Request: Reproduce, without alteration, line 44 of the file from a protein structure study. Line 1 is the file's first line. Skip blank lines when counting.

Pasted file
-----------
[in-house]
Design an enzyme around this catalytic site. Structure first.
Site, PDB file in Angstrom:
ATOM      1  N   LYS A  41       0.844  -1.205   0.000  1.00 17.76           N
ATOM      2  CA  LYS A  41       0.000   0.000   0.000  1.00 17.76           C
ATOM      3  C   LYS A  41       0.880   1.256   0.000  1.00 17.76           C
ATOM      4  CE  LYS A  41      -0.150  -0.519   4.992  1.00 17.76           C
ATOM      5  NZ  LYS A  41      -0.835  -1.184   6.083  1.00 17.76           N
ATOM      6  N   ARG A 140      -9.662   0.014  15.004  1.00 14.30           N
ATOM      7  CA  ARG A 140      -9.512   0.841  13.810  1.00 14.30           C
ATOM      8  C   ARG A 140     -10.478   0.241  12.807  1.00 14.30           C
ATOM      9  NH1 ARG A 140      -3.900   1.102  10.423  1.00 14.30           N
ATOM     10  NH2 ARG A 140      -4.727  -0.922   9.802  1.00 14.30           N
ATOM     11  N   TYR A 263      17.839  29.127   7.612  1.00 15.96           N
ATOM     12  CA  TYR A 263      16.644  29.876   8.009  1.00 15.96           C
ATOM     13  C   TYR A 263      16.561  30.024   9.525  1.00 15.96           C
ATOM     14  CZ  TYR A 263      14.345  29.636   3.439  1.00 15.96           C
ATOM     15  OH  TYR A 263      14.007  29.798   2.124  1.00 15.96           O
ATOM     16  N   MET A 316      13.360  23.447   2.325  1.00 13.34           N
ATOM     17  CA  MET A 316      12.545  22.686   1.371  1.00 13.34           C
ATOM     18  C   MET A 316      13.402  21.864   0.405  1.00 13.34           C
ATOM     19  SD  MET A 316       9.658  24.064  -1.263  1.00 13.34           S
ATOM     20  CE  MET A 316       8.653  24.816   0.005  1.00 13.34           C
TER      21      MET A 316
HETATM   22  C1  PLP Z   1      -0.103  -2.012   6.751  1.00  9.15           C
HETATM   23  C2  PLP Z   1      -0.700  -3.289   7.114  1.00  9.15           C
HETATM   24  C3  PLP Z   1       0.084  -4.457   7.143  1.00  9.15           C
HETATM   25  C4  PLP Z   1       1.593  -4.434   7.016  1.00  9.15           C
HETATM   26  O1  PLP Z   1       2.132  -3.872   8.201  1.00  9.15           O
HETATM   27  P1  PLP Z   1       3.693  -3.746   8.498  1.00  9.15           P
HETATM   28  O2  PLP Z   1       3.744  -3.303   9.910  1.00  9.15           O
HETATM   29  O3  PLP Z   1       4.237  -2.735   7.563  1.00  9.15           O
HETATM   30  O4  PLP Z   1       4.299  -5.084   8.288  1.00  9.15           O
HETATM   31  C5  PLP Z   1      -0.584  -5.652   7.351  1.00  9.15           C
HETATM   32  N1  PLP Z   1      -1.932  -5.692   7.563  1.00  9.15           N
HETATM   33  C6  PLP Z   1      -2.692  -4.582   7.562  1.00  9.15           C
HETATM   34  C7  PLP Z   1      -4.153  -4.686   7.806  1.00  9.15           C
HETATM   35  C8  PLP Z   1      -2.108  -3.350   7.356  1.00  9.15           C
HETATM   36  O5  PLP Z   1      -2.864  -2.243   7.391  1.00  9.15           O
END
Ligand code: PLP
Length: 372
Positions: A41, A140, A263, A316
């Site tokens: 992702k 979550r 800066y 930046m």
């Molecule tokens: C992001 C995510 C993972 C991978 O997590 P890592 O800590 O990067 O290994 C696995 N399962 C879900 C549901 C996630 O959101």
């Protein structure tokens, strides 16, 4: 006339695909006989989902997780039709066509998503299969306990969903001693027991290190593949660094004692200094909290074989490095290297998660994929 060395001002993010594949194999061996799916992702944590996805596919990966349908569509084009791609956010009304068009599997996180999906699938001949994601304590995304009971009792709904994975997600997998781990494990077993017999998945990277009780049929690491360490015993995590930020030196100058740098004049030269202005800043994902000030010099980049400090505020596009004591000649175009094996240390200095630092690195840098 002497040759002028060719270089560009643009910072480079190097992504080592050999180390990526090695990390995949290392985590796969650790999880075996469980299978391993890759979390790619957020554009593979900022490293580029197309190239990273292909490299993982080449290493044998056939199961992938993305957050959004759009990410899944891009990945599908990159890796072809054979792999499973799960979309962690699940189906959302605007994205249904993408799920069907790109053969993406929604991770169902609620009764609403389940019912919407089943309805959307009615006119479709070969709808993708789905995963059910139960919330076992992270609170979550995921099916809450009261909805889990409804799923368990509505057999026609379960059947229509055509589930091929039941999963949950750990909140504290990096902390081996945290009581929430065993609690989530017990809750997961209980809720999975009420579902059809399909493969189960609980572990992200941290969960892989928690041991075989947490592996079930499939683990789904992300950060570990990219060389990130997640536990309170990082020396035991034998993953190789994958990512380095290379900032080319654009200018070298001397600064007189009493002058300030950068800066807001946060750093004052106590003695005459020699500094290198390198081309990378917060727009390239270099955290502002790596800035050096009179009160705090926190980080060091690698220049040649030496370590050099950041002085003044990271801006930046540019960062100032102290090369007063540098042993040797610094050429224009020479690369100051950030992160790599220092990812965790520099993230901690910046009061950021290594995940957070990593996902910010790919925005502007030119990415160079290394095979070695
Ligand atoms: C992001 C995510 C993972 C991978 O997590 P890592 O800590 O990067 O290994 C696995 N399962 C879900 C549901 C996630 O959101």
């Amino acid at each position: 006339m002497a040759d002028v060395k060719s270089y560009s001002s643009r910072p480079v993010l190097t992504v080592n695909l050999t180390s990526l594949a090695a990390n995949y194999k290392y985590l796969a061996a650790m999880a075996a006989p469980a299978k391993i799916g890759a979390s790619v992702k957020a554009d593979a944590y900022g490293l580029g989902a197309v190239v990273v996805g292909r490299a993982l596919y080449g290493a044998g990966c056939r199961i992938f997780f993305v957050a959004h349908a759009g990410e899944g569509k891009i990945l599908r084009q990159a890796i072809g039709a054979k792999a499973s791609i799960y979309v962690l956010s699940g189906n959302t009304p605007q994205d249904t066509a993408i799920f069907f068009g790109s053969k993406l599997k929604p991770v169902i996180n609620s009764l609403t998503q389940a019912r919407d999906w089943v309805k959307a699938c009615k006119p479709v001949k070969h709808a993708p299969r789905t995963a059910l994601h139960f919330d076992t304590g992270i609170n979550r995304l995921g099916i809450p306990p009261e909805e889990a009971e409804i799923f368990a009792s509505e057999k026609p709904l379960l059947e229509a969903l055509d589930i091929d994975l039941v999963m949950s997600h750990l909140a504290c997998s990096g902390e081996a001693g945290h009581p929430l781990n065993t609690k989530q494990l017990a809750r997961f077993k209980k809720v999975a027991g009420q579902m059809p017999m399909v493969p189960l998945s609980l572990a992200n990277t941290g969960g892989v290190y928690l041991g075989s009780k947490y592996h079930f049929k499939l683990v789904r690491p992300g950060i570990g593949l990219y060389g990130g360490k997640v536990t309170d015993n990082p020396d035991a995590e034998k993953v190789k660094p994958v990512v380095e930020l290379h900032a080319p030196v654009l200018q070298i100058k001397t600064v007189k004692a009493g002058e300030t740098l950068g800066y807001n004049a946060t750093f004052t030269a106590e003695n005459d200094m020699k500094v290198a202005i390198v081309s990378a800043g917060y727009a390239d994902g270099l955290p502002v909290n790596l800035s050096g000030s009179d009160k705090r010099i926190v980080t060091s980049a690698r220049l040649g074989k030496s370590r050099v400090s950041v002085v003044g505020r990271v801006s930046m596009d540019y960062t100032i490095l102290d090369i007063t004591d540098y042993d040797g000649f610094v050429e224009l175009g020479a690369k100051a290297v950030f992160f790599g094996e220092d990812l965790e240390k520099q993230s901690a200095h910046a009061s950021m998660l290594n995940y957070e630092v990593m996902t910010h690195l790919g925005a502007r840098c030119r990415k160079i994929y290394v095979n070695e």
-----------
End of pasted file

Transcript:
């Site tokens: 992702k 979550r 800066y 930046m």